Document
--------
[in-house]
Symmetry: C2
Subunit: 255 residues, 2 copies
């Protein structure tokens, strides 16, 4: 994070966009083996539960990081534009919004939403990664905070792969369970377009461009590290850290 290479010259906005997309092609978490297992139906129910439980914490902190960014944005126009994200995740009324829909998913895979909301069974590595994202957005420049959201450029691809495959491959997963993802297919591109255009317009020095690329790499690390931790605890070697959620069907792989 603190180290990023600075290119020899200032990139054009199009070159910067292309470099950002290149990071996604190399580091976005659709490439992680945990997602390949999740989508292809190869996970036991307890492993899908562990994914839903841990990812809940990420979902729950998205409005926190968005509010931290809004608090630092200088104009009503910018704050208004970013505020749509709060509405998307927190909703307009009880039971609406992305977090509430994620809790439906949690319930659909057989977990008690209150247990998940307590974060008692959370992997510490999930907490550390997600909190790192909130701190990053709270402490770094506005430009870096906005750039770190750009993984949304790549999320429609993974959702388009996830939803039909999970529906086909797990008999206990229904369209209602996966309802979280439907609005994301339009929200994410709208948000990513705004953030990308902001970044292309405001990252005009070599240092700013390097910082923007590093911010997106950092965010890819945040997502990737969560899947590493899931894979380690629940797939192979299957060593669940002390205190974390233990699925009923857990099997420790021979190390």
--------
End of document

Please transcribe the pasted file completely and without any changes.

[in-house]
Symmetry: C2
Subunit: 255 residues, 2 copies
């Protein structure tokens, strides 16, 4: 994070966009083996539960990081534009919004939403990664905070792969369970377009461009590290850290 290479010259906005997309092609978490297992139906129910439980914490902190960014944005126009994200995740009324829909998913895979909301069974590595994202957005420049959201450029691809495959491959997963993802297919591109255009317009020095690329790499690390931790605890070697959620069907792989 603190180290990023600075290119020899200032990139054009199009070159910067292309470099950002290149990071996604190399580091976005659709490439992680945990997602390949999740989508292809190869996970036991307890492993899908562990994914839903841990990812809940990420979902729950998205409005926190968005509010931290809004608090630092200088104009009503910018704050208004970013505020749509709060509405998307927190909703307009009880039971609406992305977090509430994620809790439906949690319930659909057989977990008690209150247990998940307590974060008692959370992997510490999930907490550390997600909190790192909130701190990053709270402490770094506005430009870096906005750039770190750009993984949304790549999320429609993974959702388009996830939803039909999970529906086909797990008999206990229904369209209602996966309802979280439907609005994301339009929200994410709208948000990513705004953030990308902001970044292309405001990252005009070599240092700013390097910082923007590093911010997106950092965010890819945040997502990737969560899947590493899931894979380690629940797939192979299957060593669940002390205190974390233990699925009923857990099997420790021979190390």